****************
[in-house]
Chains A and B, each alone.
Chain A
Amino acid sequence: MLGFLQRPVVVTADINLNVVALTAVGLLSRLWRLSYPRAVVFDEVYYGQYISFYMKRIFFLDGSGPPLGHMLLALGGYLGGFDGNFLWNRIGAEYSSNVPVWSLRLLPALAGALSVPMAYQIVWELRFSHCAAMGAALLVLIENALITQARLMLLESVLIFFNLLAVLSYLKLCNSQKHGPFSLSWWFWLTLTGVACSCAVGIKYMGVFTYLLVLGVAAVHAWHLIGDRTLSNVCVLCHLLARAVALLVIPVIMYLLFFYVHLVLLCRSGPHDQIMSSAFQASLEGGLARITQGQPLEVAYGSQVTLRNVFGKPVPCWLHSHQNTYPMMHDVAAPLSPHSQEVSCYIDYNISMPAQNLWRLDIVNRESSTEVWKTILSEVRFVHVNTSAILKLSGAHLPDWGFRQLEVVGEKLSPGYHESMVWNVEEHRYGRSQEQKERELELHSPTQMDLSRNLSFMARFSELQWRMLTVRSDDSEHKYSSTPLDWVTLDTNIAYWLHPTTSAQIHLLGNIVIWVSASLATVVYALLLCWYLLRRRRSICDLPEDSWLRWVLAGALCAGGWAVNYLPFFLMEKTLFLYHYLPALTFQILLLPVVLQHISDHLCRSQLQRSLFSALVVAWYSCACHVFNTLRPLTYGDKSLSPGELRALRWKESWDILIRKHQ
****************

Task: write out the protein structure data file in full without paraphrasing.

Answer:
[in-house]
Chains A and B, each alone.
Chain A
Amino acid sequence: MLGFLQRPVVVTADINLNVVALTAVGLLSRLWRLSYPRAVVFDEVYYGQYISFYMKRIFFLDGSGPPLGHMLLALGGYLGGFDGNFLWNRIGAEYSSNVPVWSLRLLPALAGALSVPMAYQIVWELRFSHCAAMGAALLVLIENALITQARLMLLESVLIFFNLLAVLSYLKLCNSQKHGPFSLSWWFWLTLTGVACSCAVGIKYMGVFTYLLVLGVAAVHAWHLIGDRTLSNVCVLCHLLARAVALLVIPVIMYLLFFYVHLVLLCRSGPHDQIMSSAFQASLEGGLARITQGQPLEVAYGSQVTLRNVFGKPVPCWLHSHQNTYPMMHDVAAPLSPHSQEVSCYIDYNISMPAQNLWRLDIVNRESSTEVWKTILSEVRFVHVNTSAILKLSGAHLPDWGFRQLEVVGEKLSPGYHESMVWNVEEHRYGRSQEQKERELELHSPTQMDLSRNLSFMARFSELQWRMLTVRSDDSEHKYSSTPLDWVTLDTNIAYWLHPTTSAQIHLLGNIVIWVSASLATVVYALLLCWYLLRRRRSICDLPEDSWLRWVLAGALCAGGWAVNYLPFFLMEKTLFLYHYLPALTFQILLLPVVLQHISDHLCRSQLQRSLFSALVVAWYSCACHVFNTLRPLTYGDKSLSPGELRALRWKESWDILIRKHQ